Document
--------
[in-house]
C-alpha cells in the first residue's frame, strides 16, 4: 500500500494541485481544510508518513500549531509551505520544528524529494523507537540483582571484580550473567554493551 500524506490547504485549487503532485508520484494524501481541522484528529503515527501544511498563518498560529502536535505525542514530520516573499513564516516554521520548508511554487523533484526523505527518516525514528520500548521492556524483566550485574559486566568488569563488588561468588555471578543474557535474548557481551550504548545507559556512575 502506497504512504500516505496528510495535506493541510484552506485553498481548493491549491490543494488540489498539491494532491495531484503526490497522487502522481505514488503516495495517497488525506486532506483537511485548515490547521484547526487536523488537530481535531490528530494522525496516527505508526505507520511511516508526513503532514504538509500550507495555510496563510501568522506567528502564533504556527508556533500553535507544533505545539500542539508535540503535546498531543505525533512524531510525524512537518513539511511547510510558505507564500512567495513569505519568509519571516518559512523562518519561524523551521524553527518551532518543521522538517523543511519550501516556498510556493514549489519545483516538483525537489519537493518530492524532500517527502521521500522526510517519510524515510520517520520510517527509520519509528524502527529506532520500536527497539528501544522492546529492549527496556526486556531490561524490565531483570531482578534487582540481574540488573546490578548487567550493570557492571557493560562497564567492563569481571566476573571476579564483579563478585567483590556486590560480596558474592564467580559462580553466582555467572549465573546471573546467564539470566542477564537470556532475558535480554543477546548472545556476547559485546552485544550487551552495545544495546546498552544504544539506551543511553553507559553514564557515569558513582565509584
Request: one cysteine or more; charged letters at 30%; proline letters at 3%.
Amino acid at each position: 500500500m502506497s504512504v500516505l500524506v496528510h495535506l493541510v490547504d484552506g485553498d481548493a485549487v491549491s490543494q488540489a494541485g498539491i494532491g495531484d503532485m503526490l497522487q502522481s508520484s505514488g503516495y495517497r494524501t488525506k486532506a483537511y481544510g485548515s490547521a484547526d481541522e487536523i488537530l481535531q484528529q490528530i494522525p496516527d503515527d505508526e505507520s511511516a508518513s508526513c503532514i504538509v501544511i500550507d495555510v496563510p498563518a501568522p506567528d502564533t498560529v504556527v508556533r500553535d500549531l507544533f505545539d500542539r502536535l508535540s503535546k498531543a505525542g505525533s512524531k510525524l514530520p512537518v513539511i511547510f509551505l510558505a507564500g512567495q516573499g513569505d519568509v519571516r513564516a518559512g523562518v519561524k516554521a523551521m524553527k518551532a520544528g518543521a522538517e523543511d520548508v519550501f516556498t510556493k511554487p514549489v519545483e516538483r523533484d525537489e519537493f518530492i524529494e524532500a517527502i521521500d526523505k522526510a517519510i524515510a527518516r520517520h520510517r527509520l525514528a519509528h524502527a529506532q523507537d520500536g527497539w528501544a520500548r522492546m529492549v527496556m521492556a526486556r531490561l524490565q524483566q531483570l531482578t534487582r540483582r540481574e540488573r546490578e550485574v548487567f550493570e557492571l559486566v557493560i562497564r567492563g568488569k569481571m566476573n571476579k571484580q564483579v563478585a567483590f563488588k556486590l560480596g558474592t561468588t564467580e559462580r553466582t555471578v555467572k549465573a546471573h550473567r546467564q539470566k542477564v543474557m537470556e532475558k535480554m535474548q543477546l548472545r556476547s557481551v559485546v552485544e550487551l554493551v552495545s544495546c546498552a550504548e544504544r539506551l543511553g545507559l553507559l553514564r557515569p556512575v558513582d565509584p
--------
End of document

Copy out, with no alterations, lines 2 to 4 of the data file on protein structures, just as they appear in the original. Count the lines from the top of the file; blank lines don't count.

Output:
C-alpha cells in the first residue's frame, strides 16, 4: 500500500494541485481544510508518513500549531509551505520544528524529494523507537540483582571484580550473567554493551 500524506490547504485549487503532485508520484494524501481541522484528529503515527501544511498563518498560529502536535505525542514530520516573499513564516516554521520548508511554487523533484526523505527518516525514528520500548521492556524483566550485574559486566568488569563488588561468588555471578543474557535474548557481551550504548545507559556512575 502506497504512504500516505496528510495535506493541510484552506485553498481548493491549491490543494488540489498539491494532491495531484503526490497522487502522481505514488503516495495517497488525506486532506483537511485548515490547521484547526487536523488537530481535531490528530494522525496516527505508526505507520511511516508526513503532514504538509500550507495555510496563510501568522506567528502564533504556527508556533500553535507544533505545539500542539508535540503535546498531543505525533512524531510525524512537518513539511511547510510558505507564500512567495513569505519568509519571516518559512523562518519561524523551521524553527518551532518543521522538517523543511519550501516556498510556493514549489519545483516538483525537489519537493518530492524532500517527502521521500522526510517519510524515510520517520520510517527509520519509528524502527529506532520500536527497539528501544522492546529492549527496556526486556531490561524490565531483570531482578534487582540481574540488573546490578548487567550493570557492571557493560562497564567492563569481571566476573571476579564483579563478585567483590556486590560480596558474592564467580559462580553466582555467572549465573546471573546467564539470566542477564537470556532475558535480554543477546548472545556476547559485546552485544550487551552495545544495546546498552544504544539506551543511553553507559553514564557515569558513582565509584
Request: one cysteine or more; charged letters at 30%; proline letters at 3%.
Amino acid at each position: 500500500m502506497s504512504v500516505l500524506v496528510h495535506l493541510v490547504d484552506g485553498d481548493a485549487v491549491s490543494q488540489a494541485g498539491i494532491g495531484d503532485m503526490l497522487q502522481s508520484s505514488g503516495y495517497r494524501t488525506k486532506a483537511y481544510g485548515s490547521a484547526d481541522e487536523i488537530l481535531q484528529q490528530i494522525p496516527d503515527d505508526e505507520s511511516a508518513s508526513c503532514i504538509v501544511i500550507d495555510v496563510p498563518a501568522p506567528d502564533t498560529v504556527v508556533r500553535d500549531l507544533f505545539d500542539r502536535l508535540s503535546k498531543a505525542g505525533s512524531k510525524l514530520p512537518v513539511i511547510f509551505l510558505a507564500g512567495q516573499g513569505d519568509v519571516r513564516a518559512g523562518v519561524k516554521a523551521m524553527k518551532a520544528g518543521a522538517e523543511d520548508v519550501f516556498t510556493k511554487p514549489v519545483e516538483r523533484d525537489e519537493f518530492i524529494e524532500a517527502i521521500d526523505k522526510a517519510i524515510a527518516r520517520h520510517r527509520l525514528a519509528h524502527a529506532q523507537d520500536g527497539w528501544a520500548r522492546m529492549v527496556m521492556a526486556r531490561l524490565q524483566q531483570l531482578t534487582r540483582r540481574e540488573r546490578e550485574v548487567f550493570e557492571l559486566v557493560i562497564r567492563g568488569k569481571m566476573n571476579k571484580q564483579v563478585a567483590f563488588k556486590l560480596g558474592t561468588t564467580e559462580r553466582t555471578v555467572k549465573a546471573h550473567r546467564q539470566k542477564v543474557m537470556e532475558k535480554m535474548q543477546l548472545r556476547s557481551v559485546v552485544e550487551l554493551v552495545s544495546c546498552a550504548e544504544r539506551l543511553g545507559l553507559l553514564r557515569p556512575v558513582d565509584p